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Category Archives: Food

Rutabaga Soup (Azuki’s Cooking Series #6)

Last week I bought some beet at the supermarket. However, when my husband went about preparing a smoothie, he said, hey this is not beet! I was like, what do you mean? Sure enough, this little thing is most certainly not a beet. I had no idea what it is, but tasted it and decided that it’s not something you eat raw or put into smoothie.

Finally I got around to doing some sleuth work, and determined that my little infiltrator is a rutabaga. Then I googled around for a recipe.

I cut the rutabaga in chunks, along with potatoes, carrots and onion. I added in some spices, bay leaves and pepper.

After they are cooked I pureed them in my blender. I prefer my soup a little chunky.

I like my soup a bit chunky, so I went easy on the blending. Then I heated it again in a pan, adding a bit of cooking wine and salt, to final adjust the taste.

I topped it with some scallion and shredded asiago. It was very delicious!

 
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Posted by on January 3, 2013 in Cooking, Food, Vegetarianism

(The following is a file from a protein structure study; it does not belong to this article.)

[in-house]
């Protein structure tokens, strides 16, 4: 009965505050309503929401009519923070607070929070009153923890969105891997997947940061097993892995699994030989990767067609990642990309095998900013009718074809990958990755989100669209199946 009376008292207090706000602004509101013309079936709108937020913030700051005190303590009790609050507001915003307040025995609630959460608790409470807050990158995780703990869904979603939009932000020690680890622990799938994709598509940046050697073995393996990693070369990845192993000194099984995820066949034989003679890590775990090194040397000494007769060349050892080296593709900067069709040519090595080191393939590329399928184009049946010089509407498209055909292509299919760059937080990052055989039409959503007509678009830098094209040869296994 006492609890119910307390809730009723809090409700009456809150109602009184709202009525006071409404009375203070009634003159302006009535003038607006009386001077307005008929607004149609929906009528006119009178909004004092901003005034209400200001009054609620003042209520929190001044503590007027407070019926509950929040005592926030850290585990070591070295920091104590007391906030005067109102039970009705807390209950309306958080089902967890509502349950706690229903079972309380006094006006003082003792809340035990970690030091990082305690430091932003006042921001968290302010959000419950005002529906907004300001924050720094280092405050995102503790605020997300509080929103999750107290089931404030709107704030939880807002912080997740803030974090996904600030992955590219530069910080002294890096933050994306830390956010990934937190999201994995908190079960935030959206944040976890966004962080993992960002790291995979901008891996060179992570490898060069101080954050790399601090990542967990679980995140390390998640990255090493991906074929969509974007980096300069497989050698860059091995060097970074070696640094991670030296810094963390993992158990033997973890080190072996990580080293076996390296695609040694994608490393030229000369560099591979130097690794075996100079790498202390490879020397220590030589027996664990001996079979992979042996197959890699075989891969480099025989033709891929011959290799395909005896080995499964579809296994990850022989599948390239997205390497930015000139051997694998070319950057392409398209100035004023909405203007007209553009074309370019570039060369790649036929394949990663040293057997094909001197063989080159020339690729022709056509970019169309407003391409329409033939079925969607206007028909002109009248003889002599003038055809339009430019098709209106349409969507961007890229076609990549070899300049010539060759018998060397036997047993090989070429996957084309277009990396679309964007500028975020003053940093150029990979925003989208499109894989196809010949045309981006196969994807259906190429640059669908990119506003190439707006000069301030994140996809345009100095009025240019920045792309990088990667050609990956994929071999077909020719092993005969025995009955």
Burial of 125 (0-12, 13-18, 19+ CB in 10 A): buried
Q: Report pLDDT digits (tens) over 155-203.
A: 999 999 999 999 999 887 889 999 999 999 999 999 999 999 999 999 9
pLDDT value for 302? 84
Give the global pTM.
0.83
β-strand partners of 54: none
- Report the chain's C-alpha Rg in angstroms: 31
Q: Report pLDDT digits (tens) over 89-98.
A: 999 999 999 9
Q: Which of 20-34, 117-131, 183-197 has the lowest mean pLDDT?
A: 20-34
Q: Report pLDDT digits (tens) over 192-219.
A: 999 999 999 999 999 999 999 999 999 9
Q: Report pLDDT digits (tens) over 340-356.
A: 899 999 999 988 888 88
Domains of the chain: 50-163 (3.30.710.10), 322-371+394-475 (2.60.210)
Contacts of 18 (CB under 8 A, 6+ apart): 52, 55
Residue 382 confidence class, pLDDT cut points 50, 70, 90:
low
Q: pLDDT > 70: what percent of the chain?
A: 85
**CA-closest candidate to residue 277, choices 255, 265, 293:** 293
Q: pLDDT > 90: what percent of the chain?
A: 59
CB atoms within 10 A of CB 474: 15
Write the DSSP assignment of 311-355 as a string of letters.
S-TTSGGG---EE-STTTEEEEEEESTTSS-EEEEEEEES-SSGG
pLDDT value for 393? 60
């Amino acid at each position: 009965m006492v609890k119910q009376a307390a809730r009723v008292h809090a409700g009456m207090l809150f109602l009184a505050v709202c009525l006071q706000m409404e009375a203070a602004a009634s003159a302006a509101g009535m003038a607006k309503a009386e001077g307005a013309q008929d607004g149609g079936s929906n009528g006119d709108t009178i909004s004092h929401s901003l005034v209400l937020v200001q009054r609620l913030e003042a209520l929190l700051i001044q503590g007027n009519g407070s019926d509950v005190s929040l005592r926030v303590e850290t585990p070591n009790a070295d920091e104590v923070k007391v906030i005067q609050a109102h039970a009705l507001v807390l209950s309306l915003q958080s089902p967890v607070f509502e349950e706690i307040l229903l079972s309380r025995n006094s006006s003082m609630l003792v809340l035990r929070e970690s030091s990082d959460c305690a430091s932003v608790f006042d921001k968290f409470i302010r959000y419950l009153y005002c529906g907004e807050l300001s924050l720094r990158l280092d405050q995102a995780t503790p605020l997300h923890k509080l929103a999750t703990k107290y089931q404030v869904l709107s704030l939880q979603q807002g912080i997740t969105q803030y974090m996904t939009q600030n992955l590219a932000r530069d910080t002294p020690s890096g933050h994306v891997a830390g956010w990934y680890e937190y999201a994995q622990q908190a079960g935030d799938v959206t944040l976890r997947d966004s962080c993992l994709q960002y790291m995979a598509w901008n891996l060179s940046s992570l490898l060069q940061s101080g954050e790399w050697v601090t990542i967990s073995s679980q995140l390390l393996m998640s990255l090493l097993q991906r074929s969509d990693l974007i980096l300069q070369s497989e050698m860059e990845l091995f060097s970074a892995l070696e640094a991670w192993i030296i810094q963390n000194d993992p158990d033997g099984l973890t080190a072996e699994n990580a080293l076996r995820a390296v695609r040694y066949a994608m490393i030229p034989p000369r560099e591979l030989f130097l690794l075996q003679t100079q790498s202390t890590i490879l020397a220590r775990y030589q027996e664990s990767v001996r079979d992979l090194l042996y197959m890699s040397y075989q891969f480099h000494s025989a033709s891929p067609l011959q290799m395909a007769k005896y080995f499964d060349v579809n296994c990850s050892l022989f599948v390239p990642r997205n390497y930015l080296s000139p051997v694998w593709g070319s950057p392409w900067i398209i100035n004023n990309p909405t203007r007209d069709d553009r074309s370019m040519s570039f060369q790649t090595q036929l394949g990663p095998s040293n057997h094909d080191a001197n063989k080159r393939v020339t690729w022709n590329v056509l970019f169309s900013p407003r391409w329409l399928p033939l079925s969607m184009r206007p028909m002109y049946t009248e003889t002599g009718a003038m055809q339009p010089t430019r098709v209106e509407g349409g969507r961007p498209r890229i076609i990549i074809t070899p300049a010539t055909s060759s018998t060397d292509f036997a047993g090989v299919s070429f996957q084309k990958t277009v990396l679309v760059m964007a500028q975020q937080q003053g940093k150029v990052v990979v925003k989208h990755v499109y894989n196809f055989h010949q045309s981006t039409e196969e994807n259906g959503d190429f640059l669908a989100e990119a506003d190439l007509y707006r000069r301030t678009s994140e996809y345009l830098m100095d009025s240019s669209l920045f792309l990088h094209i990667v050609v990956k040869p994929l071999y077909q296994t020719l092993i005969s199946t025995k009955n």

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What Kind of Tea am I?

I found a link to this tea quiz from someone’s blog, and after a few questions I was told that I’m a Chai.

My first reaction was, no way!  I hate Chai!  (It’s weird because I do love Indian food a lot, but I just couldn’t stand chai)  However, after reading the description, I suppose it does fit me pretty good.  I do like trying different cuisines, like Ethiopian, Tibetan, Malaysian, Indonesian, Peruvian and more.

There are many subtle sides to your personality. You are difficult to decode.
You are a complex and deep individual. You have many nuanced beliefs, and your mood frequently changes.

You are a creative and expressive person. You draw your inspiration from the whole world.
You enjoy exotic food, music, and travel. Your tastes are very international.

 
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Posted by on July 16, 2012 in Food

 

My Halloween Cheese Platter

I made a cheese platter for Halloween, and am proud enough of it to think that it should be shared and recorded fo posterity. Not the cheese itself, of course, but at least a picture of it. ; )